BioMed Research International

BioMed Research International / 2021 / Article

Research Article | Open Access

Volume 2021 |Article ID 6626090 | https://doi.org/10.1155/2021/6626090

Bahareh Kabiri, Ali Reza Hidarnia, Mehdi Mirzaei Alavijeh, Mohammad Esmaeel Motlagh, Ali Montazeri, "Family-Centered Social Cognitive Factors Preventing Primary Tooth Caries in Children Based on Intervention Mapping Approach", BioMed Research International, vol. 2021, Article ID 6626090, 6 pages, 2021. https://doi.org/10.1155/2021/6626090

Family-Centered Social Cognitive Factors Preventing Primary Tooth Caries in Children Based on Intervention Mapping Approach

Academic Editor: Vincenzo Iorio Siciliano
Received15 Dec 2020
Accepted30 Apr 2021
Published19 May 2021

Abstract

Background. Given the increasing prevalence of primary tooth caries in Iran and the importance of providing evidence- and theory-based family-centered prevention programs, the present study is aimed at determining the family-centered social cognitive factors preventing deciduous tooth caries among children using the intervention mapping protocol. Methods. This cross-sectional study was performed on 240 Iranian mothers in Ilam who were randomly selected to participate in the study. The data were collected using a self-designed questionnaire including items on demographic information and social cognitive constructs (knowledge, attitude, perceived severity, perceived benefits, perceived barriers, practice guidance, perceived self-efficacy, behavior intention, subjective norms, and social norms). The questionnaire was completed by mothers, and the data were analyzed by performing one-way analysis of variance and linear regression. Results. The results obtained from linear regression analysis showed that perceived self-efficacy (, ), perceived barriers (, ), practice guidance (, ), and social norms (, ) accounted for 71% of the behavioral intention variance and were the most important predictors for preventing primary tooth caries among children. Conclusion. The findings suggest that perceived self-efficacy, perceived barriers, practice guidance, and social norms are essential for developing family-centered programs to prevent primary tooth caries in children.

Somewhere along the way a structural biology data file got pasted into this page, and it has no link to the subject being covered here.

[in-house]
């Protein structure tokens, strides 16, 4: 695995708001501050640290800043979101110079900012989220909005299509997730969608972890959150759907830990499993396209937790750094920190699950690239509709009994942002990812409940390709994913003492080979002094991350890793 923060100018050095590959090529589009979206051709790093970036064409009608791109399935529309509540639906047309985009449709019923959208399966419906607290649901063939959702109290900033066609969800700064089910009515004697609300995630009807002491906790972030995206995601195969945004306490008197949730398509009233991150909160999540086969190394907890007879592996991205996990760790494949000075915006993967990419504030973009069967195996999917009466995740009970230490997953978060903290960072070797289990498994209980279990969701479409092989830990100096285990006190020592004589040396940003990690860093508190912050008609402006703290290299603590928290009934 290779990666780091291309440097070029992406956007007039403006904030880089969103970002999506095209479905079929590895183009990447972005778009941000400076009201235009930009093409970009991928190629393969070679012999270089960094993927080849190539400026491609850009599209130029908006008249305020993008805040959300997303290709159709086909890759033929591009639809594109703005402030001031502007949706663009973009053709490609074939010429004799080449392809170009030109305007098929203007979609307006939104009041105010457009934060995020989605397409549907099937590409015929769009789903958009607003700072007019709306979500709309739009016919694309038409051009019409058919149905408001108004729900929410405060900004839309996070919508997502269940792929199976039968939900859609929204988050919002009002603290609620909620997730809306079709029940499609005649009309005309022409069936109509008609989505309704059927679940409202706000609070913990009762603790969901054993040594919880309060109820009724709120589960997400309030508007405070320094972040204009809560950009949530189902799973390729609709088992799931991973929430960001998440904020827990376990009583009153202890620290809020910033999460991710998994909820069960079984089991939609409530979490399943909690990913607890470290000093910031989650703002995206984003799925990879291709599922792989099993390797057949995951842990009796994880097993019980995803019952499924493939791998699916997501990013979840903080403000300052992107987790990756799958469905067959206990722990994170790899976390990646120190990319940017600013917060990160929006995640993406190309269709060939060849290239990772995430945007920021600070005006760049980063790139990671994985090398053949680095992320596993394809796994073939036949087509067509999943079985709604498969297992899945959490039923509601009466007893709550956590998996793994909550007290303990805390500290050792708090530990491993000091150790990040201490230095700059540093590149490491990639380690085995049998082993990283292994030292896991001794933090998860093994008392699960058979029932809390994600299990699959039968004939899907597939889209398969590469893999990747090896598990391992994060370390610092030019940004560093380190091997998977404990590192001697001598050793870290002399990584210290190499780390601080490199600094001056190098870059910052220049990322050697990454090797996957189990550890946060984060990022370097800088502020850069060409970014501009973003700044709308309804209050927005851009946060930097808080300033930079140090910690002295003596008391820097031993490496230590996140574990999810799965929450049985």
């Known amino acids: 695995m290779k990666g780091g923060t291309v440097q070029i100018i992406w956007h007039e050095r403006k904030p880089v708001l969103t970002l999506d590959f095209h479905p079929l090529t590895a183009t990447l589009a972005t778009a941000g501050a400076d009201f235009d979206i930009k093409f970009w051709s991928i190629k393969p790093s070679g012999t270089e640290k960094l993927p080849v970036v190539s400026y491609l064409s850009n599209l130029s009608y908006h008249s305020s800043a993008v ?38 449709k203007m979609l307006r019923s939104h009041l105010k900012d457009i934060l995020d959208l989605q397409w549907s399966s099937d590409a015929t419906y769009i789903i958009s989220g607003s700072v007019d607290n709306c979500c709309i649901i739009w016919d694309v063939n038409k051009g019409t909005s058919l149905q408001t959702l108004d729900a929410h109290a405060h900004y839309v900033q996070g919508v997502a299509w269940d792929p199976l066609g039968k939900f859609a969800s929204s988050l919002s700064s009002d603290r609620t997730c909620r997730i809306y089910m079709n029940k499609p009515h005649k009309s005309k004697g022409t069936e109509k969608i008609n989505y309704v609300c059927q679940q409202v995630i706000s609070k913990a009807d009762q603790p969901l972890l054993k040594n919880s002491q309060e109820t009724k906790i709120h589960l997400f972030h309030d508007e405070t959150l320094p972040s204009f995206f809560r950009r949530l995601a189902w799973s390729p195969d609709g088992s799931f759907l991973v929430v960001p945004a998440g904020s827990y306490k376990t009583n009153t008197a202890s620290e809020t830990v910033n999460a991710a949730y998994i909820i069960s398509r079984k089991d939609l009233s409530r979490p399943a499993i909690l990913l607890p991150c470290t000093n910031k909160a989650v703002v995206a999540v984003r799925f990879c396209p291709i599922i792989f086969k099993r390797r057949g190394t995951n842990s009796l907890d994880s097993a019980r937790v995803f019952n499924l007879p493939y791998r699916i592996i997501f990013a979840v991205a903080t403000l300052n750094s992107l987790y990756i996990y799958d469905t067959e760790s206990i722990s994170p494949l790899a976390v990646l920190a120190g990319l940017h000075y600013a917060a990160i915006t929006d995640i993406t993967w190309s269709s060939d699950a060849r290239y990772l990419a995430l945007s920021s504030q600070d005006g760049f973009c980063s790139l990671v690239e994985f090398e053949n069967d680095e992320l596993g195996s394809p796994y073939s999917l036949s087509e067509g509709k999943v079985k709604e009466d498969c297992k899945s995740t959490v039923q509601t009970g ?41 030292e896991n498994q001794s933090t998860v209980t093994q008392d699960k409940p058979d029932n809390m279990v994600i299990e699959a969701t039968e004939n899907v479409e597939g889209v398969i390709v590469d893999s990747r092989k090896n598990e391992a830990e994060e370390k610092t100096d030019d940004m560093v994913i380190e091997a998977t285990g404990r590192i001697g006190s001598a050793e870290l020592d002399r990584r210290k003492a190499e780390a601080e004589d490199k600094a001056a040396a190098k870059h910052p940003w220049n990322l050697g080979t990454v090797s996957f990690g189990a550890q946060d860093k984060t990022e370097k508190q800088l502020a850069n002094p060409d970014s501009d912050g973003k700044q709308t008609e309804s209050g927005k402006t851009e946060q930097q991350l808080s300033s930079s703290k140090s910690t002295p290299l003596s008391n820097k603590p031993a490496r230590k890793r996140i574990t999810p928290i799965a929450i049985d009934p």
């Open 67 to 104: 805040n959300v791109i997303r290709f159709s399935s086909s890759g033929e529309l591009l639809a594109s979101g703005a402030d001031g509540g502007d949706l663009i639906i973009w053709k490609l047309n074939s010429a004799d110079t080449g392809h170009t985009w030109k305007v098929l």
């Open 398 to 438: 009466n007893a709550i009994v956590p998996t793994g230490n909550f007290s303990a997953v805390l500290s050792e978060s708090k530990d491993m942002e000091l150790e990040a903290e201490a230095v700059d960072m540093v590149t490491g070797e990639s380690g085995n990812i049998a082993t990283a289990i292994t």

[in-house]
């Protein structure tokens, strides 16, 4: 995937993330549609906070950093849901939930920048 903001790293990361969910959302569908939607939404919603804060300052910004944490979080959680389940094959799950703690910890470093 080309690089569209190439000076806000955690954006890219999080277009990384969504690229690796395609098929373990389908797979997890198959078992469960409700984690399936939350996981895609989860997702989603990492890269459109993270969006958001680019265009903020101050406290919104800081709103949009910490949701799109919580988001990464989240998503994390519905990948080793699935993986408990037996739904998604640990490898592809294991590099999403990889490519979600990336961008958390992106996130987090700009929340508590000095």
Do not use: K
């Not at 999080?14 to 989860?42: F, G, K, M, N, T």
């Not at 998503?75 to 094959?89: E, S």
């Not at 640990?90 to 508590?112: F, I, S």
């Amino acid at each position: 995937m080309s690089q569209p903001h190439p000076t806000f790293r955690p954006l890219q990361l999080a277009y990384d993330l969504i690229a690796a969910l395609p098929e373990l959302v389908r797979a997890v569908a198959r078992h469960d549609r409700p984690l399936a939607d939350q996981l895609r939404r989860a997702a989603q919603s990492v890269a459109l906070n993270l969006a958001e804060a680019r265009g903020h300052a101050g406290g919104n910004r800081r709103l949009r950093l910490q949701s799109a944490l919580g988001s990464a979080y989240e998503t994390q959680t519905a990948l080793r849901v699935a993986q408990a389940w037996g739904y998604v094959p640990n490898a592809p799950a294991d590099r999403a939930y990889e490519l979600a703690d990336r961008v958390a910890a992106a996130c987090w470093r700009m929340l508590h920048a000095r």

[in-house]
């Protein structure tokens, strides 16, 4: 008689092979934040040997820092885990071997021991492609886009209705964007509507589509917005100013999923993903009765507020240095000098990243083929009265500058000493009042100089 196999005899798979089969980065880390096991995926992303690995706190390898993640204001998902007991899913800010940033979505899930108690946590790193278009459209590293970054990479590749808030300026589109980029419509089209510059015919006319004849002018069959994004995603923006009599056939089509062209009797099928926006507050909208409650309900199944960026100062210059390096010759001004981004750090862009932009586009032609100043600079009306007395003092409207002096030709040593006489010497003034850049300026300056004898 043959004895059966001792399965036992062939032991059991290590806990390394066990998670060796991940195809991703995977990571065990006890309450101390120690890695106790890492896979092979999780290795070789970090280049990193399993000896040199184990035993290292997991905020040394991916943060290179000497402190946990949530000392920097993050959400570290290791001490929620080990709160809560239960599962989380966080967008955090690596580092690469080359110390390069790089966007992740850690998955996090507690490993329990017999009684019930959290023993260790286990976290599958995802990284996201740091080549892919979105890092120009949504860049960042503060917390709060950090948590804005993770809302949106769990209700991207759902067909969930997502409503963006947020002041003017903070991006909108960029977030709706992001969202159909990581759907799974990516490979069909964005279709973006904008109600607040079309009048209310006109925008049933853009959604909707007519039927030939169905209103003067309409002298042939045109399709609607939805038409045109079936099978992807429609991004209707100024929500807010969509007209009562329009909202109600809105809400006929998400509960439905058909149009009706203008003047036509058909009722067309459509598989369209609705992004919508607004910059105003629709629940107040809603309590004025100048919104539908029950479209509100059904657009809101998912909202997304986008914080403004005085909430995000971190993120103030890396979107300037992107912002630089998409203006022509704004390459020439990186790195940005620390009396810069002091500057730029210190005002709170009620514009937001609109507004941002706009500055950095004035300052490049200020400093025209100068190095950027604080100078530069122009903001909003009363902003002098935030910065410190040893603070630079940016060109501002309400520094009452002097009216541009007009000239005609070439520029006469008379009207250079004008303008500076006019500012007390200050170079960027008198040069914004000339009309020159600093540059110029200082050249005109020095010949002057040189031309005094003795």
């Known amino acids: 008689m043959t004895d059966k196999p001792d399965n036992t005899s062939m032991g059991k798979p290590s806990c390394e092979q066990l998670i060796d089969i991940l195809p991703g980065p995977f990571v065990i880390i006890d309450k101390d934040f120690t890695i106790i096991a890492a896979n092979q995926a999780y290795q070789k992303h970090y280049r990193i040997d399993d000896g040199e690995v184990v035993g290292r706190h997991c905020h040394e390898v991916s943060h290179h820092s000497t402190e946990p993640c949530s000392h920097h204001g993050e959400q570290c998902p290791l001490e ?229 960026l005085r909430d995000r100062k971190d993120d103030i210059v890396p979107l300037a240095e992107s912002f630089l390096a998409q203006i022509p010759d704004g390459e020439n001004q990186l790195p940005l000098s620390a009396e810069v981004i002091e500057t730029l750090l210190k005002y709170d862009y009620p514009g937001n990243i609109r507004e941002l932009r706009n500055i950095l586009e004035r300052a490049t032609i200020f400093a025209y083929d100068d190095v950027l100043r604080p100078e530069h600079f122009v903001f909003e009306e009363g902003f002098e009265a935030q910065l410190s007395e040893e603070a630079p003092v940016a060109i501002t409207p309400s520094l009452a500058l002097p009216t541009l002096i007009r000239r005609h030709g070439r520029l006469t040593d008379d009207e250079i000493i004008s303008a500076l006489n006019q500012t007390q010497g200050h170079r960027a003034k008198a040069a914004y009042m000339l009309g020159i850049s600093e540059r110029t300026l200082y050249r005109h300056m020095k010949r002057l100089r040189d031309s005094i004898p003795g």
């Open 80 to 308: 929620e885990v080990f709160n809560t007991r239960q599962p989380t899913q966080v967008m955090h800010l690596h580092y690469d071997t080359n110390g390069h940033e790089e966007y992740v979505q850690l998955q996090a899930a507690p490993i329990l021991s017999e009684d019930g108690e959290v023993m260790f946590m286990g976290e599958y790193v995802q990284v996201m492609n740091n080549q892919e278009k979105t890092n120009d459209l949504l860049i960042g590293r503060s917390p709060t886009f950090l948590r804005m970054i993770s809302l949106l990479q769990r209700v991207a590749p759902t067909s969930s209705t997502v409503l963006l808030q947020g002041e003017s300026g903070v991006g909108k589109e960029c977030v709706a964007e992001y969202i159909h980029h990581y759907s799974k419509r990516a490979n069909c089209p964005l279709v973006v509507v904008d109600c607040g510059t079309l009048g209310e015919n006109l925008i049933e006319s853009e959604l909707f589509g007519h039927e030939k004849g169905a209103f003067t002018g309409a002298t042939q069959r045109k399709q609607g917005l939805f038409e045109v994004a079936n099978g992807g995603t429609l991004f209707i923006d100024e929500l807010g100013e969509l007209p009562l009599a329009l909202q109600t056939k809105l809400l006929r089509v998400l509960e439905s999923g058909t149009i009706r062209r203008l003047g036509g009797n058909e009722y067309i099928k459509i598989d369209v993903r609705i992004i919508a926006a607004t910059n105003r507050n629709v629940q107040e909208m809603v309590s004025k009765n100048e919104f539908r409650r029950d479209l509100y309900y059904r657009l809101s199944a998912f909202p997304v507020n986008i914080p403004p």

1. Introduction

Primary teeth start to grow about 6 months after birth and complete their growth when children are 3-5 years of age so that they can satisfy their nutritional needs [1, 2].

Primary teeth form the foundation of the permanent ones and are very susceptible to caries. Therefore, maintaining their health is considered a serious matter for children’s health because caries in primary teeth is a major risk factor for its occurrence in permanent teeth [3, 4].

Despite being a very preventable infectious disease, dental caries is still one of the most common chronic childhood diseases, strongly influences the health and social and intellectual development of communities by causing problems such as pain, difficulty with eating and speech impairments, and imposes exorbitant costs on families and communities [57]. Globally, early childhood caries (ECC) prevalence reported in the world varies from 60 to 90 percent with the developed countries having the lowest and the developing countries the intermediate and/or highest prevalence [8]. The American Academy of Pediatrics (AAP) emphasizes that specialist healthcare for identifying effective factors in oral and dental health in all children must begin at the age of 6 months. Therefore, the first year of life is considered the “critical period” for general or oral and dental health [9, 10].

Parents are the first among the social forces that influence children’s growth and health in their early years of life. They also play an important role in the development of children’s healthy habits, continuation of their healthy behaviors, and prevention of diseases [7].